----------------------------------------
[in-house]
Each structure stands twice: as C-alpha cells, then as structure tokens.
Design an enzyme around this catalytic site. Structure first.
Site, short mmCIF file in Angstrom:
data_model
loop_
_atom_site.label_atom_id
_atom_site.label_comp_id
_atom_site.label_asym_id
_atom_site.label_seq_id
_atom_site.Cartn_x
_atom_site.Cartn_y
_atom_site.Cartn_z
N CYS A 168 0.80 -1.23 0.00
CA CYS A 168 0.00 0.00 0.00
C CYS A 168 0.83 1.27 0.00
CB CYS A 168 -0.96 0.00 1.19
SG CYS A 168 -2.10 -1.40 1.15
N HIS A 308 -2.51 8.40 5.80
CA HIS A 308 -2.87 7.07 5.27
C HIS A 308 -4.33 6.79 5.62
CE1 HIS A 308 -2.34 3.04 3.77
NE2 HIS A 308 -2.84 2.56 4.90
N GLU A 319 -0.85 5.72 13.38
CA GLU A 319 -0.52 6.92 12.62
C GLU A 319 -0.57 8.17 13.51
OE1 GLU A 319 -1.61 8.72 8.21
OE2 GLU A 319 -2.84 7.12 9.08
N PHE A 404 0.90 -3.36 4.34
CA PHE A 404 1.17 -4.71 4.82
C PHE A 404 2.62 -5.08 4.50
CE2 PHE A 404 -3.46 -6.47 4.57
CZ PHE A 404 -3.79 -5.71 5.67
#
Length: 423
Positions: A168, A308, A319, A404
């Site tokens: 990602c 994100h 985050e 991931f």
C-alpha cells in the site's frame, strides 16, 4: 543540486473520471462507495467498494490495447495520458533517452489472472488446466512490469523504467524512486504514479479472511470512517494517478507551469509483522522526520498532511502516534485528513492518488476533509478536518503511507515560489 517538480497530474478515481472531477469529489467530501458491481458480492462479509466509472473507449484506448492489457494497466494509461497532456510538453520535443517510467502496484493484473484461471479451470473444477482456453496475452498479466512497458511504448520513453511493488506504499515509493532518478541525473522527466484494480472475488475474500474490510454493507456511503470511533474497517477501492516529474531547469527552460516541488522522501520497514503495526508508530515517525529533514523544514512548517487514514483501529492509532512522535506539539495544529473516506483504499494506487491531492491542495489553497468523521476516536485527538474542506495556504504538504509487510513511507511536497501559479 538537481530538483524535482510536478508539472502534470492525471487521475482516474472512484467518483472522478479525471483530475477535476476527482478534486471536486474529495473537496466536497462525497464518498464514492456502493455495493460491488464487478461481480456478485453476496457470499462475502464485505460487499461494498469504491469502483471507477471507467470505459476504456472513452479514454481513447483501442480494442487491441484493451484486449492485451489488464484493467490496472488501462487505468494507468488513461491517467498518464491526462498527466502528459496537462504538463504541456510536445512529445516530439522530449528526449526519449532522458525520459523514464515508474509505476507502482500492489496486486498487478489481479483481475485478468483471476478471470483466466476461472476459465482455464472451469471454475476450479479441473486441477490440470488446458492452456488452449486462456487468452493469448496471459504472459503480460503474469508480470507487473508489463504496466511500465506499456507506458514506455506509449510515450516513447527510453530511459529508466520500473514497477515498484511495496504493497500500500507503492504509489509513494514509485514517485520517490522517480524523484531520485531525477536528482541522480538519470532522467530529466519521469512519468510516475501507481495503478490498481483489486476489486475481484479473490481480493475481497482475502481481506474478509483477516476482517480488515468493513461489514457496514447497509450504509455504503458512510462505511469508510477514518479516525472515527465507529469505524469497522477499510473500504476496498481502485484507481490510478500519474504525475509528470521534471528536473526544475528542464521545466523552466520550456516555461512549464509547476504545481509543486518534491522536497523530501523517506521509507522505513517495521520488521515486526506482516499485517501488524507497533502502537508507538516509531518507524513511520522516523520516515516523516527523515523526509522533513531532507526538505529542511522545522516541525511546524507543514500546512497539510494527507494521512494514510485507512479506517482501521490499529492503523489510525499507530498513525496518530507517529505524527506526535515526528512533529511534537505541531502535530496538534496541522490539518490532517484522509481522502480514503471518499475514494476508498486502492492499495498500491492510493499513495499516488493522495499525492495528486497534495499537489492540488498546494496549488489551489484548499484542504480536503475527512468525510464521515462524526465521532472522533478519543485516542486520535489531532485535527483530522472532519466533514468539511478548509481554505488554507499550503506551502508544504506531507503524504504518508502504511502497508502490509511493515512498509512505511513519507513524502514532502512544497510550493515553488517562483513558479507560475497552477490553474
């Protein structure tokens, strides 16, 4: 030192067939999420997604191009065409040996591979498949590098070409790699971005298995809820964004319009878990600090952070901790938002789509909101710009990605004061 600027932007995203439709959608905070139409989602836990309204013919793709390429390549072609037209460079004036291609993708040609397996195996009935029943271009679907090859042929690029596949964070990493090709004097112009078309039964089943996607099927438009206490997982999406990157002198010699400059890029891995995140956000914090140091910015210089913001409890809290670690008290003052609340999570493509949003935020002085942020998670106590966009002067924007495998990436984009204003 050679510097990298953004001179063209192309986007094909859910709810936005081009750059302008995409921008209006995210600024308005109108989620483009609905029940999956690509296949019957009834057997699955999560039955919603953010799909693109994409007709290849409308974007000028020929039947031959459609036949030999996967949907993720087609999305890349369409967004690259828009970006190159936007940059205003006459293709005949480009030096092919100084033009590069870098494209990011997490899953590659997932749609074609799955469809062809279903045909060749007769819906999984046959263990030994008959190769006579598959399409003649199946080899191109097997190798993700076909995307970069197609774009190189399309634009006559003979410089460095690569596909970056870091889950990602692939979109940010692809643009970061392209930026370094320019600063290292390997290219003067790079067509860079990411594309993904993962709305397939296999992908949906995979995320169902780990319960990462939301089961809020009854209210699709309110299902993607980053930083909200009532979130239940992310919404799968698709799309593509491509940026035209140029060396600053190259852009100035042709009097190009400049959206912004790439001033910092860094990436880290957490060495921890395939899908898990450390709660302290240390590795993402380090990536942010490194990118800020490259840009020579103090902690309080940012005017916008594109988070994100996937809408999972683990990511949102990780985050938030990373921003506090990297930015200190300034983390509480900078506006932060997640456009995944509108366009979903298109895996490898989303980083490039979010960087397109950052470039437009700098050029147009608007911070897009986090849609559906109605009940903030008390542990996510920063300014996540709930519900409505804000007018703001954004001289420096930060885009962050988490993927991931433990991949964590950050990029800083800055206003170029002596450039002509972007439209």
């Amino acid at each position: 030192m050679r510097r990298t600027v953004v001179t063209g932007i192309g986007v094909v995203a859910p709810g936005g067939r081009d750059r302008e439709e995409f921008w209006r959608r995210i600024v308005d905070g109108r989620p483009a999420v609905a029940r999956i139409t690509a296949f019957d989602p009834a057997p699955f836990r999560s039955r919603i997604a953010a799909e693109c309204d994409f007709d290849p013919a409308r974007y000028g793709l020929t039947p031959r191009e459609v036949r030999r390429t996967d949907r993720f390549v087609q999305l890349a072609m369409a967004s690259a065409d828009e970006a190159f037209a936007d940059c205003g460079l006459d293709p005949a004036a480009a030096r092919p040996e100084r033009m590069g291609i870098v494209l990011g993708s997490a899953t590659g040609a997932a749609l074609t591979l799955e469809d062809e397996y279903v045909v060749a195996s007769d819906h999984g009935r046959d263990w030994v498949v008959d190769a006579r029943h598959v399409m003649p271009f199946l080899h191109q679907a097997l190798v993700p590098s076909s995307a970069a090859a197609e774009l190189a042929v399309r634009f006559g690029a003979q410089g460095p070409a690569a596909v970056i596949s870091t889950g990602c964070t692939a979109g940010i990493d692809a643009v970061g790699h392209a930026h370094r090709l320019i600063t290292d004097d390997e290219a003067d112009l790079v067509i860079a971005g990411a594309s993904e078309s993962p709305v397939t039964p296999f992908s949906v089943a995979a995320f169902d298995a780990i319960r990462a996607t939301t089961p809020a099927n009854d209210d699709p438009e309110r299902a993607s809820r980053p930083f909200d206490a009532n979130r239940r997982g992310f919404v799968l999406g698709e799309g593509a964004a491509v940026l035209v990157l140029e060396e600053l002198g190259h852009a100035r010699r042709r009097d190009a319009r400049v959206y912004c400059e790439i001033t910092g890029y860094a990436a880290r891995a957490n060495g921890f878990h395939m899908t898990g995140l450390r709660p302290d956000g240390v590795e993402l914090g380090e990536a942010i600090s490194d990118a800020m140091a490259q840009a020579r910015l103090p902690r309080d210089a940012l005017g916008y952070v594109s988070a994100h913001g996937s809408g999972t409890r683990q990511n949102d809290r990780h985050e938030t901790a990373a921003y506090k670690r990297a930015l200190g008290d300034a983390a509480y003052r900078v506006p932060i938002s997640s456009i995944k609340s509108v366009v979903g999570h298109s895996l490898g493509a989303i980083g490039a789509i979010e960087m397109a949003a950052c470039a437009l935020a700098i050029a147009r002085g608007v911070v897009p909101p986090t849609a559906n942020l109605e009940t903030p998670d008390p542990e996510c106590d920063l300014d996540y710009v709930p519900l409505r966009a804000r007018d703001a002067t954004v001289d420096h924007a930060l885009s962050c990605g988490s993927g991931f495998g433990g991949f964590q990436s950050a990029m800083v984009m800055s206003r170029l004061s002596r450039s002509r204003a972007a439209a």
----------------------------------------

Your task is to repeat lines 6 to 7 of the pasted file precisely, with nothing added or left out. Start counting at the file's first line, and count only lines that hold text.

loop_
_atom_site.label_atom_id